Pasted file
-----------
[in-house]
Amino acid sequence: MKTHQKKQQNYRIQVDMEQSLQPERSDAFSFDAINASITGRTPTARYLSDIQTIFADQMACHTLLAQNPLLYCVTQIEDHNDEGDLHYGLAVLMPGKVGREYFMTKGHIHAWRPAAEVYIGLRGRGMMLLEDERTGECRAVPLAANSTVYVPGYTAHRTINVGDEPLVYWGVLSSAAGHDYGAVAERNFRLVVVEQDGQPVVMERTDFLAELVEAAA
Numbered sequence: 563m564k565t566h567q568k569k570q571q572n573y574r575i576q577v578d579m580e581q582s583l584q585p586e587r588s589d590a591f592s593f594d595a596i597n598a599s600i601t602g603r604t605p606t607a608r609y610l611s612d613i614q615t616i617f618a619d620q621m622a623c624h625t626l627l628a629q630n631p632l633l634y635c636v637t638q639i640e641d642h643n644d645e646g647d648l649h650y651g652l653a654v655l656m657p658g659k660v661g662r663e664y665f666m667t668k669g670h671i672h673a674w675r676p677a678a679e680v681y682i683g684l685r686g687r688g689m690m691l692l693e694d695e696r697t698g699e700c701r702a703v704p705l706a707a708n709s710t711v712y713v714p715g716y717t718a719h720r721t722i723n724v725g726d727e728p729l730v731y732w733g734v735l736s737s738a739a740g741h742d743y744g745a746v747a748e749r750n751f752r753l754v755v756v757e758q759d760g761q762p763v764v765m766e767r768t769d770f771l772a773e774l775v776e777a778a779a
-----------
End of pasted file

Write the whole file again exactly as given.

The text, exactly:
[in-house]
Amino acid sequence: MKTHQKKQQNYRIQVDMEQSLQPERSDAFSFDAINASITGRTPTARYLSDIQTIFADQMACHTLLAQNPLLYCVTQIEDHNDEGDLHYGLAVLMPGKVGREYFMTKGHIHAWRPAAEVYIGLRGRGMMLLEDERTGECRAVPLAANSTVYVPGYTAHRTINVGDEPLVYWGVLSSAAGHDYGAVAERNFRLVVVEQDGQPVVMERTDFLAELVEAAA
Numbered sequence: 563m564k565t566h567q568k569k570q571q572n573y574r575i576q577v578d579m580e581q582s583l584q585p586e587r588s589d590a591f592s593f594d595a596i597n598a599s600i601t602g603r604t605p606t607a608r609y610l611s612d613i614q615t616i617f618a619d620q621m622a623c624h625t626l627l628a629q630n631p632l633l634y635c636v637t638q639i640e641d642h643n644d645e646g647d648l649h650y651g652l653a654v655l656m657p658g659k660v661g662r663e664y665f666m667t668k669g670h671i672h673a674w675r676p677a678a679e680v681y682i683g684l685r686g687r688g689m690m691l692l693e694d695e696r697t698g699e700c701r702a703v704p705l706a707a708n709s710t711v712y713v714p715g716y717t718a719h720r721t722i723n724v725g726d727e728p729l730v731y732w733g734v735l736s737s738a739a740g741h742d743y744g745a746v747a748e749r750n751f752r753l754v755v756v757e758q759d760g761q762p763v764v765m766e767r768t769d770f771l772a773e774l775v776e777a778a779a